Total positive emissions were not examined in this analysis, and therefore the results cannot be used to comment on the total changes in net emissions from prairie dryland crop production. Further research into total emissions is required to quantify the net contributions to Canada’s emission reduction goals. However, the results show the importance of including net C sinks, as well as sources, in emission calculations. Considering that these results only represent carbon sequestration in one province, they also indicate that beneficial land management practices of Saskatchewan dryland crop farmers are helping to offset a significant portion of the positive emissions from Canada’s agricultural sector. Through the virtually complete adoption of sustainable soil management practices, facilitated by innovative tools and technologies, including HT cropping systems and the associated chemicals, Saskatchewan crop farmers are reducing the carbon footprint of their operations and contributing to Canada’s important climate objectives.
This research confirms the essential contributions to improving agriculture’s sustainability made by GM crops and glyphosate, providing insights into the challenges facing jurisdictions that anticipate increased carbon sequestration without either technology or certainly significant restrictions on each technology. Saskatchewan farmers have confirmed just how crucial the use of glyphosate is with the complementary technology of HT crops for the ability to continuously maintain sustainable land management practices. Removing or restricting either or both of these technologies would have adverse impacts on sustainability.

Author Contributions

C.S. helped develop the survey, recruit participants, and collect responses. She conducted the analysis and wrote the results and discussion sections of the article. S.G. developed the survey and recruited survey participants. She reviewed and edited the final article draft. S.J.S. helped develop the survey and recruit participants. He supervised the analysis and wrote the abstract and introduction sections, as well as reviewed and edited multiple article drafts. All authors have read and agreed to the published version of the manuscript.


This research was funded through the Canada First Research Excellence Fund (CFREF) grant that established the Plant Phenotyping and Imaging Research Centre (P2IRC) project.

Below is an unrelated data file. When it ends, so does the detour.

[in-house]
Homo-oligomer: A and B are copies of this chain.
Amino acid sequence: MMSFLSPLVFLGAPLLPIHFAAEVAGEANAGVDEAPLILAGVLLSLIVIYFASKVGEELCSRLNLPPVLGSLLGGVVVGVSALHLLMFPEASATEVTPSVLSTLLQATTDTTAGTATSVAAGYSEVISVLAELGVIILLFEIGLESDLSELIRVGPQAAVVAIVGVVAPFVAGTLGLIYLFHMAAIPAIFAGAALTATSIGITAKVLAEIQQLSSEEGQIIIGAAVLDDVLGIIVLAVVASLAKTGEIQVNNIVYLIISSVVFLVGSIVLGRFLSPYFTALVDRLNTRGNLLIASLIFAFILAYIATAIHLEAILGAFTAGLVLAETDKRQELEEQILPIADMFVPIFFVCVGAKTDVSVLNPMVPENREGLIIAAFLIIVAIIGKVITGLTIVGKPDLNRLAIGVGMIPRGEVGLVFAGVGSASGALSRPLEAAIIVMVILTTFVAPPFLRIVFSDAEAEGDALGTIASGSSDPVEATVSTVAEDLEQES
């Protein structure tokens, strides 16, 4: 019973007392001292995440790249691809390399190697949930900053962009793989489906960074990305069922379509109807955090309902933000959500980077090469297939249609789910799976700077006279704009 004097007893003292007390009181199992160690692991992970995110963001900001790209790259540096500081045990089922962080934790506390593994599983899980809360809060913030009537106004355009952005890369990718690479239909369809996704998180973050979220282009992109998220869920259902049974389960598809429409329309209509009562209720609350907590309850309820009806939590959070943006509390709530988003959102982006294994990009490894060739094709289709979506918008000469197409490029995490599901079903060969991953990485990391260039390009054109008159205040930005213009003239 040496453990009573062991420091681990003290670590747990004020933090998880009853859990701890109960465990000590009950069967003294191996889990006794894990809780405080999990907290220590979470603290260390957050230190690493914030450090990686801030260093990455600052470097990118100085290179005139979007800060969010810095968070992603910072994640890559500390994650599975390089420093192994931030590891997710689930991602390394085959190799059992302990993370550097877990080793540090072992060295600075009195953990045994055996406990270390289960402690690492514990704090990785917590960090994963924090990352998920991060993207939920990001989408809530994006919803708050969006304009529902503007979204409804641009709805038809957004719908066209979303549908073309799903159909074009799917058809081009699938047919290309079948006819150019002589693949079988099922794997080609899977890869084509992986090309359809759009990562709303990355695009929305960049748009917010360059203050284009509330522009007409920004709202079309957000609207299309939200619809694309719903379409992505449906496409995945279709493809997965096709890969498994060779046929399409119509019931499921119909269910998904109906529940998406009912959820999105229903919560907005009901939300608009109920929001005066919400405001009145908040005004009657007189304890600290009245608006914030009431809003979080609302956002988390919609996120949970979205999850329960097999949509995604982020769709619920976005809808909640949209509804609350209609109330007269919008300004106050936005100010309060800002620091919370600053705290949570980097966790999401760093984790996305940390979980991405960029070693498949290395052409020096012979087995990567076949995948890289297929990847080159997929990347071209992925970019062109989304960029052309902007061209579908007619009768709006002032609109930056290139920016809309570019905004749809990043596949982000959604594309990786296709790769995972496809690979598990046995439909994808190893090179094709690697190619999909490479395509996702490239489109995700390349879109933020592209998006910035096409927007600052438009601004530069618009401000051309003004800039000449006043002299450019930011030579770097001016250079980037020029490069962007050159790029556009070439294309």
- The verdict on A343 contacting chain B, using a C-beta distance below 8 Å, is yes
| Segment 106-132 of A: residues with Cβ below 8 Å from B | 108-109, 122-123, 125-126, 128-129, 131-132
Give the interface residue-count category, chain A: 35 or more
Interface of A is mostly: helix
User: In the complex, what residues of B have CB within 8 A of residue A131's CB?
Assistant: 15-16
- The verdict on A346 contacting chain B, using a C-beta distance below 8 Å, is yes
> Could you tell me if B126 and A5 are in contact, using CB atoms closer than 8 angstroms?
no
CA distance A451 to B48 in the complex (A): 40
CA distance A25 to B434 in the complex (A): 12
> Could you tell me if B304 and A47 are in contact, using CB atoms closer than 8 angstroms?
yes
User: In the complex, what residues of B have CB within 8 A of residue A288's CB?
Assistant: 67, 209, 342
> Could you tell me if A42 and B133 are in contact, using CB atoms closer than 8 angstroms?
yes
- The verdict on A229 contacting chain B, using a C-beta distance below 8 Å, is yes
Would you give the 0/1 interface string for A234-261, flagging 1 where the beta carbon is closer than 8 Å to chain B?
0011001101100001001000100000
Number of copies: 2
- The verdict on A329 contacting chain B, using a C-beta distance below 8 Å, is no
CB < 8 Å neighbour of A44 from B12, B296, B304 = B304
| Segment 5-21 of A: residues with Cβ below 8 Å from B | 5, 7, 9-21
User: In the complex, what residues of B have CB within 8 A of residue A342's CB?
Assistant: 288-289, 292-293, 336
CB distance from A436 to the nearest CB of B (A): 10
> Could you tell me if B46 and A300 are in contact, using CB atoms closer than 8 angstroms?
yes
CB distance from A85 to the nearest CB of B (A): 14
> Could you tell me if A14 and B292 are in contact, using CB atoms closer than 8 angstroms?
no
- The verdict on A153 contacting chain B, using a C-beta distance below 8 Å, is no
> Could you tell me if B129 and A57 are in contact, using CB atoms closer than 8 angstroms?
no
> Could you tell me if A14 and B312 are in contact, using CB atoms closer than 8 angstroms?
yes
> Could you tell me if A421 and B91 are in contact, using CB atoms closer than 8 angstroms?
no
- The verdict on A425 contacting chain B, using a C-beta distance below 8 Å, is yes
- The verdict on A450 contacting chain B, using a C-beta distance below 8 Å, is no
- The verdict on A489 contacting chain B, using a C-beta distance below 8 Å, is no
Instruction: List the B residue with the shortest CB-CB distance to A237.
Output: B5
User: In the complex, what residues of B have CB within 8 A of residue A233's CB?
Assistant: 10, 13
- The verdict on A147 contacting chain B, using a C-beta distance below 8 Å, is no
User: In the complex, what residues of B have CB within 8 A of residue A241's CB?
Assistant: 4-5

Institutional Review Board Statement

Not applicable.

Informed Consent Statement

Informed consent was obtained from all subjects involved in the study.

Data Availability Statement

Data is protected by University of Saskatchewan research ethics policy.

Conflicts of Interest

The authors declare no conflict of interest.


  1. Brookes, G.; Barfoot, P. Environmental impacts of genetically modified (GM) crop use 1996–2018: Impacts on pesticide use and carbon emissions. GM Crop Food 2020, 11, 215–241. [Google Scholar] [CrossRef] [PubMed]
  2. Nath, A.J.; Lal, R. Effects of Tillage Practices and Land Use Management on Soil Aggregates and Soil Organic Carbon in the North Appalachian Region, USA. Pedosphere 2017, 27, 172–176. [Google Scholar] [CrossRef]
  3. Liebig, M.A.; Morgan, J.A.; Reeder, J.D.; Ellert, B.H.; Gollany, H.T.; Schuman, G.E. Greenhouse gas contributions and mitigation potential of agricultural practices in northwestern USA and western Canada. Soil Tillage Res. 2005, 83, 25–52. [Google Scholar] [CrossRef]
  4. West, T.O.; Post, W.M. Soil organic carbon sequestration rates by tillage and crop rotation: A global data analysis. Soil Sci. Soc. Am. J. 2002, 66, 1930–1946. [Google Scholar] [CrossRef] [Green Version]
  5. Campbell, C.A.; Zentner, R.P.; Selles, F.; Liang, B.C.; Blomert, B. Evaluation of a simple model to describe carbon accumulation in a Brown Chernozem under varying fallow frequency. Can. J. Soil Sci. 2001, 81, 383–394. [Google Scholar] [CrossRef]
  6. McConkey, B.; Luce, M.T.; Grant, B.; Smith, W.; Anderson, A.; Padbury, G.; Brandt, K.; Cerkowniak, D. Prairie Soil Carbon Balance Project: Monitoring SOC Change Across Saskatchewan Farms from 1996 to 2018 Change in SOC at Field Level Component 2020; Saskatchewan Soil Conservation Association: Saskatoon, SK, Canada, 2020. [Google Scholar]
  7. Smyth, S.J.; Gusta, M.; Belcher, K.; Phillips, P.W.B.; Castle, D. Environmental impacts from herbicide tolerant canola production in Western Canada. Agric. Syst. 2011, 104, 403–410. [Google Scholar] [CrossRef]
  8. Shrestha, B.M.; Desjardins, R.L.; McConkey, B.G.; Worth, D.E.; Dyer, Y.A.; Cerkowniak, D.D. Change in carbon footprint of canola production in the Canadian Prairies from 1986 to 2006. Renew. Energy 2014, 63, 634–641. [Google Scholar] [CrossRef]
  9. MacWilliam, S.; Sanscartier, D.; Lemke, R.; Wismer, M.; Baron, V. Environmental benefits of canola production in 2010 compared to 1990: A life cycle perspective. Agric. Syst. 2016, 145, 106–115. [Google Scholar] [CrossRef]
  10. Carpenter, J.E. Impact of GM crops on biodiversity. GM Crop. Food 2011, 2, 7–23. [Google Scholar] [CrossRef] [PubMed]
  11. Young, B.G. Changes in herbicide use patterns and production practices resulting from glyphosate-resistant crops. Weed Technol. 2006, 20, 301–307. [Google Scholar] [CrossRef]
  12. Beckie, H.J.; Harker, K.N.; Hall, L.M.; Warwick, S.I.; Légère, A.; Sikkema, P.H.; Clayton, G.W.; Thomas, A.G.; Leeson, J.Y.; Séguin-Swartz, G.; et al. A decade of herbicide-resistant crops in Canada. Can. J. Plant Sci. 2006, 86, 1243–1264. [Google Scholar] [CrossRef] [Green Version]